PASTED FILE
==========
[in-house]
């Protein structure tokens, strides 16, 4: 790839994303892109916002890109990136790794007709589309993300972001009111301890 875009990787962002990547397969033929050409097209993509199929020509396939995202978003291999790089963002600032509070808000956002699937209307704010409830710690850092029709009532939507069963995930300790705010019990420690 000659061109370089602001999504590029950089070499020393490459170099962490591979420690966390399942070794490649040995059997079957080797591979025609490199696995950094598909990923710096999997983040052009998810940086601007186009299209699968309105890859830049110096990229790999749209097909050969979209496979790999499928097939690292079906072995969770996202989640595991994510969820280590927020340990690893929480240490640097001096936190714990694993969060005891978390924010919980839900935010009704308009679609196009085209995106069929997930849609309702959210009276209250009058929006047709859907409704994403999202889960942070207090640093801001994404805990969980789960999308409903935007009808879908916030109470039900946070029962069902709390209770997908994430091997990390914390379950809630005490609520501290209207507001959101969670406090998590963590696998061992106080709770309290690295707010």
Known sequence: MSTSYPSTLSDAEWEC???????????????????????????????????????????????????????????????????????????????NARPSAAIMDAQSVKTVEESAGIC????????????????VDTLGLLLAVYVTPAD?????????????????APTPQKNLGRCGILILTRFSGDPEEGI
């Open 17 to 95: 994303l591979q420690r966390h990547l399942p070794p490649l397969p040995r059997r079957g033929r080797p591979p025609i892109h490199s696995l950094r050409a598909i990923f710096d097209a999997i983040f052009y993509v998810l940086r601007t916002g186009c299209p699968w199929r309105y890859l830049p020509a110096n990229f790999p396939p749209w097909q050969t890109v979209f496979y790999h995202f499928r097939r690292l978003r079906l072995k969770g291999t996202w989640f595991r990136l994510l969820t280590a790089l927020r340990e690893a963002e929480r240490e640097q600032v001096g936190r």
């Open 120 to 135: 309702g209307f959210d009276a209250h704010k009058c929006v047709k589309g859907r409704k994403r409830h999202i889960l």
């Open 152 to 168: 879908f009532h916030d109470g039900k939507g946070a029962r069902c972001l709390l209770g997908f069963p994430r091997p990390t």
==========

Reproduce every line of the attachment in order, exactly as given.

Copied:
[in-house]
């Protein structure tokens, strides 16, 4: 790839994303892109916002890109990136790794007709589309993300972001009111301890 875009990787962002990547397969033929050409097209993509199929020509396939995202978003291999790089963002600032509070808000956002699937209307704010409830710690850092029709009532939507069963995930300790705010019990420690 000659061109370089602001999504590029950089070499020393490459170099962490591979420690966390399942070794490649040995059997079957080797591979025609490199696995950094598909990923710096999997983040052009998810940086601007186009299209699968309105890859830049110096990229790999749209097909050969979209496979790999499928097939690292079906072995969770996202989640595991994510969820280590927020340990690893929480240490640097001096936190714990694993969060005891978390924010919980839900935010009704308009679609196009085209995106069929997930849609309702959210009276209250009058929006047709859907409704994403999202889960942070207090640093801001994404805990969980789960999308409903935007009808879908916030109470039900946070029962069902709390209770997908994430091997990390914390379950809630005490609520501290209207507001959101969670406090998590963590696998061992106080709770309290690295707010």
Known sequence: MSTSYPSTLSDAEWEC???????????????????????????????????????????????????????????????????????????????NARPSAAIMDAQSVKTVEESAGIC????????????????VDTLGLLLAVYVTPAD?????????????????APTPQKNLGRCGILILTRFSGDPEEGI
């Open 17 to 95: 994303l591979q420690r966390h990547l399942p070794p490649l397969p040995r059997r079957g033929r080797p591979p025609i892109h490199s696995l950094r050409a598909i990923f710096d097209a999997i983040f052009y993509v998810l940086r601007t916002g186009c299209p699968w199929r309105y890859l830049p020509a110096n990229f790999p396939p749209w097909q050969t890109v979209f496979y790999h995202f499928r097939r690292l978003r079906l072995k969770g291999t996202w989640f595991r990136l994510l969820t280590a790089l927020r340990e690893a963002e929480r240490e640097q600032v001096g936190r």
């Open 120 to 135: 309702g209307f959210d009276a209250h704010k009058c929006v047709k589309g859907r409704k994403r409830h999202i889960l």
């Open 152 to 168: 879908f009532h916030d109470g039900k939507g946070a029962r069902c972001l709390l209770g997908f069963p994430r091997p990390t």